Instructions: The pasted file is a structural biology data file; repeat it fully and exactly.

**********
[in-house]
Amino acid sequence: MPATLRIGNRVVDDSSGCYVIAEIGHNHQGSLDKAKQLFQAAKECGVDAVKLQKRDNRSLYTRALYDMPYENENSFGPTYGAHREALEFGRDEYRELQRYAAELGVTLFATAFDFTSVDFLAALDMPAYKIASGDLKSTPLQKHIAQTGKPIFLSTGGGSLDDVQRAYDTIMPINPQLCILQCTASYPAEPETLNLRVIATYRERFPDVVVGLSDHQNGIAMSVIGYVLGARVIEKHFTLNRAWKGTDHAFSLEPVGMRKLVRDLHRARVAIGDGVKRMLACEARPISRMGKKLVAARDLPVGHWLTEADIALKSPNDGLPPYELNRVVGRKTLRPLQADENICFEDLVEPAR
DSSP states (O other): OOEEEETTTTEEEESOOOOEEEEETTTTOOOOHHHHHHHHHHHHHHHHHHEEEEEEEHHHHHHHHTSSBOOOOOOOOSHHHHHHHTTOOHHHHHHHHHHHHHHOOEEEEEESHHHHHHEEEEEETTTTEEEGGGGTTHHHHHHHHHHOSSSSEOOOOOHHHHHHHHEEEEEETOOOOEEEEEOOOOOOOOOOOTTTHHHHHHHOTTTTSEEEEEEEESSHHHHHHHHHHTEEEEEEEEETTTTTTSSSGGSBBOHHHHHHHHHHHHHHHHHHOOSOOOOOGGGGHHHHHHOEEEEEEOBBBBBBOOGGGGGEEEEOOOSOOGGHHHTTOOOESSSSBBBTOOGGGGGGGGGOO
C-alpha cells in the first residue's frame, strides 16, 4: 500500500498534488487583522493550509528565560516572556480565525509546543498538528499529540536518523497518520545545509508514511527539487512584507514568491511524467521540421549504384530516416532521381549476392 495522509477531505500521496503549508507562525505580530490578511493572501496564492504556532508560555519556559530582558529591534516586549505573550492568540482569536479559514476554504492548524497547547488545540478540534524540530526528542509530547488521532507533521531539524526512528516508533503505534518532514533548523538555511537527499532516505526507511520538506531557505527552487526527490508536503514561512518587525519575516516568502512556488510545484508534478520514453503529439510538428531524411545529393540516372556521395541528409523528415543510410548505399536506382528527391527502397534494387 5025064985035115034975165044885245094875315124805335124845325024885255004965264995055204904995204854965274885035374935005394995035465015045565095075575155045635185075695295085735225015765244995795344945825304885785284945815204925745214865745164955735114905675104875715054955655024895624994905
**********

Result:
[in-house]
Amino acid sequence: MPATLRIGNRVVDDSSGCYVIAEIGHNHQGSLDKAKQLFQAAKECGVDAVKLQKRDNRSLYTRALYDMPYENENSFGPTYGAHREALEFGRDEYRELQRYAAELGVTLFATAFDFTSVDFLAALDMPAYKIASGDLKSTPLQKHIAQTGKPIFLSTGGGSLDDVQRAYDTIMPINPQLCILQCTASYPAEPETLNLRVIATYRERFPDVVVGLSDHQNGIAMSVIGYVLGARVIEKHFTLNRAWKGTDHAFSLEPVGMRKLVRDLHRARVAIGDGVKRMLACEARPISRMGKKLVAARDLPVGHWLTEADIALKSPNDGLPPYELNRVVGRKTLRPLQADENICFEDLVEPAR
DSSP states (O other): OOEEEETTTTEEEESOOOOEEEEETTTTOOOOHHHHHHHHHHHHHHHHHHEEEEEEEHHHHHHHHTSSBOOOOOOOOSHHHHHHHTTOOHHHHHHHHHHHHHHOOEEEEEESHHHHHHEEEEEETTTTEEEGGGGTTHHHHHHHHHHOSSSSEOOOOOHHHHHHHHEEEEEETOOOOEEEEEOOOOOOOOOOOTTTHHHHHHHOTTTTSEEEEEEEESSHHHHHHHHHHTEEEEEEEEETTTTTTSSSGGSBBOHHHHHHHHHHHHHHHHHHOOSOOOOOGGGGHHHHHHOEEEEEEOBBBBBBOOGGGGGEEEEOOOSOOGGHHHTTOOOESSSSBBBTOOGGGGGGGGGOO
C-alpha cells in the first residue's frame, strides 16, 4: 500500500498534488487583522493550509528565560516572556480565525509546543498538528499529540536518523497518520545545509508514511527539487512584507514568491511524467521540421549504384530516416532521381549476392 495522509477531505500521496503549508507562525505580530490578511493572501496564492504556532508560555519556559530582558529591534516586549505573550492568540482569536479559514476554504492548524497547547488545540478540534524540530526528542509530547488521532507533521531539524526512528516508533503505534518532514533548523538555511537527499532516505526507511520538506531557505527552487526527490508536503514561512518587525519575516516568502512556488510545484508534478520514453503529439510538428531524411545529393540516372556521395541528409523528415543510410548505399536506382528527391527502397534494387 5025064985035115034975165044885245094875315124805335124845325024885255004965264995055204904995204854965274885035374935005394995035465015045565095075575155045635185075695295085735225015765244995795344945825304885785284945815204925745214865745164955735114905675104875715054955655024895624994905